1. The situation with G4s, A4e, Serco, Capita et al is pretty much an abdication of control, responsibility and accountability from various government departments such as the MoD, DWP and NHS over the past 30+ years. This has been happening under governments of BOTH main politcal parties.

    What's more, few people are not aware to the extent of the reach of these companies. They control so much, they have been likened to something of a 'shadow state' or 'private state'.

    The late Nicholas Ridley, a former Tory minister in Maggie Thatcher's govt, came up with a brilliant wheeze for local government organisation. Councillors would meet just once a year to award all the council contracts to private firms.

    Tony Blair, as part of his 'Third Way' policies allowed private firms to build hospitals and schools via PFI (Private Finance Initiative). Blair's rationale was "people don't care who builds a hospital, as long as it's built and run by the NHS'.

    There was this inherent belief with the Tories and New Labour that contracting out to private firms would always lead to a cheaper and more efficient service. Which sounds nice. However, the real test of contraction out is when things don't go to plan and screw up such as:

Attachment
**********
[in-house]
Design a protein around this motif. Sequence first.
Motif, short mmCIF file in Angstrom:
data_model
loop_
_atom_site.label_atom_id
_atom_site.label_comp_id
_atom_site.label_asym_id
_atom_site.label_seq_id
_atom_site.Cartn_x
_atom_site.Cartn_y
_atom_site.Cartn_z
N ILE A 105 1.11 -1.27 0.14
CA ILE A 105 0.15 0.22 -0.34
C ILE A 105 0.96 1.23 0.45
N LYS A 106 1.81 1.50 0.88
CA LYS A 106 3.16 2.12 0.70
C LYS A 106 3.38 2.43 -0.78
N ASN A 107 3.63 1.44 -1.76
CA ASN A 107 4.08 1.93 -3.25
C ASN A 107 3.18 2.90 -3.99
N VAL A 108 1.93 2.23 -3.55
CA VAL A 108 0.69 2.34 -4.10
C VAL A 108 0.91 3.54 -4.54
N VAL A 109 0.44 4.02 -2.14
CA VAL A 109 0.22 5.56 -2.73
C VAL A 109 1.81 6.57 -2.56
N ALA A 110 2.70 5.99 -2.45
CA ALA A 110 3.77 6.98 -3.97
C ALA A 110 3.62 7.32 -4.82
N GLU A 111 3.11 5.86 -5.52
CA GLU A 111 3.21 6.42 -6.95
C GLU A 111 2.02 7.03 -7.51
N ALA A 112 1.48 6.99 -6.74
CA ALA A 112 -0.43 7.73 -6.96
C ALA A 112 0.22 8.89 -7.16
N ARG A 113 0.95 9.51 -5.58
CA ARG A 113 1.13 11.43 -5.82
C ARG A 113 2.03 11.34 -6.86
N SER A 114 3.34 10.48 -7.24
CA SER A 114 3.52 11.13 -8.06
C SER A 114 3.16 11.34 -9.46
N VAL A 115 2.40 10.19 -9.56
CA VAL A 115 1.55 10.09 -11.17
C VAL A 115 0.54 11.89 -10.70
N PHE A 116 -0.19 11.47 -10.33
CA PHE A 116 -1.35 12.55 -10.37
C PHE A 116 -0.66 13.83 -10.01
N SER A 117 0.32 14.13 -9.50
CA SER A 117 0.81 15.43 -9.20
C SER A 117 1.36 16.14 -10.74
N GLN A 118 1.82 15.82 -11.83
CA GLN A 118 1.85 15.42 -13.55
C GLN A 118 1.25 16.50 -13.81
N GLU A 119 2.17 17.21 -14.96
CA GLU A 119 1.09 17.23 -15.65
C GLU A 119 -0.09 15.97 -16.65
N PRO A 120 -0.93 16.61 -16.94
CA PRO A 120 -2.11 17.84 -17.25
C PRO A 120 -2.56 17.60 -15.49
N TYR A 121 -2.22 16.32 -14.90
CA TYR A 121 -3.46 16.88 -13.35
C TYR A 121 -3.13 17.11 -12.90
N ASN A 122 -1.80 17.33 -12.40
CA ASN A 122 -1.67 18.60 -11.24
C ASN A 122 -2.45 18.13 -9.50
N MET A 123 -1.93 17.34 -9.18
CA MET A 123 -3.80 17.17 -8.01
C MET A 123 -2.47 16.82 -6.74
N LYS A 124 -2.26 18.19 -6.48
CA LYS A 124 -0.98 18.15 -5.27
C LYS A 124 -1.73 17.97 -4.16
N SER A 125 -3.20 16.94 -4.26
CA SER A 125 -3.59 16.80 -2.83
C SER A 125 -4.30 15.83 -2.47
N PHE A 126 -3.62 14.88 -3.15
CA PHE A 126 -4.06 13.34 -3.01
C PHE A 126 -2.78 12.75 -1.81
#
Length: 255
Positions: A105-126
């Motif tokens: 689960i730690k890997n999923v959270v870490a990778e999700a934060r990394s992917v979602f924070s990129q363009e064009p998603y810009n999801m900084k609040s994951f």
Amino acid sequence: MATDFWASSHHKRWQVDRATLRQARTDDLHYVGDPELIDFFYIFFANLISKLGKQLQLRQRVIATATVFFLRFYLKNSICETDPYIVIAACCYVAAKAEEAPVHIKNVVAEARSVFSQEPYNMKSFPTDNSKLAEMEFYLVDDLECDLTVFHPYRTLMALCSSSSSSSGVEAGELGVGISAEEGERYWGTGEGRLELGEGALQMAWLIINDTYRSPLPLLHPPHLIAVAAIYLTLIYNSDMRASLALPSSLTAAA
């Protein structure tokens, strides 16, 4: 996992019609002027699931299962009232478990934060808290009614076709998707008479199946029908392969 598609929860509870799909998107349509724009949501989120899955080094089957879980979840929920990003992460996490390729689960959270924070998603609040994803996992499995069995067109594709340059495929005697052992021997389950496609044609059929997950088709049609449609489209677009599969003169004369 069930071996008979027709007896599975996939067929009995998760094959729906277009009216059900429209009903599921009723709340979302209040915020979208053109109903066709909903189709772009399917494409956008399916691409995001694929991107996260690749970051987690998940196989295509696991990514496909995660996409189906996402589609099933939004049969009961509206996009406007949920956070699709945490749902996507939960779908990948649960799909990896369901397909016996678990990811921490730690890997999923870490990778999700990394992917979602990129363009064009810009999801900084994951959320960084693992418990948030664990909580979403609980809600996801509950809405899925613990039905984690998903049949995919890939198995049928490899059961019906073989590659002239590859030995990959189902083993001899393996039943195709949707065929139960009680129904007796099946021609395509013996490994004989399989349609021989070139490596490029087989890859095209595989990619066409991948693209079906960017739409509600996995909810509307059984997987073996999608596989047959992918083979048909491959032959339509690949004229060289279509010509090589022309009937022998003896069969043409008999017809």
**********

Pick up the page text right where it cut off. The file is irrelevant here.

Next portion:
W2W providers failing to hit even the pathetically low government WP targets.

    NHS trusts saddled with massive debts due to PFI.

    G4s failing to provide enough staff despite having months to get things sorted out.

    Being critical of contracting out services does not make one a communist or even anti-capitalist, as some would suggest. On the contrary, the G4s debacle should open a real debate on how public services are run in Britain. This goes way beyond the Olympics!

    Here's a little YouTube video on Serco:

    OCP indeed!

  2. When the Govt holds its internal post mortems into why the G4S Olympics security contract turned into an internationally embarrassing fiasco for the politicians, the political conclusion will be that the financial model for the Work Programme scheme is the example that should have been followed.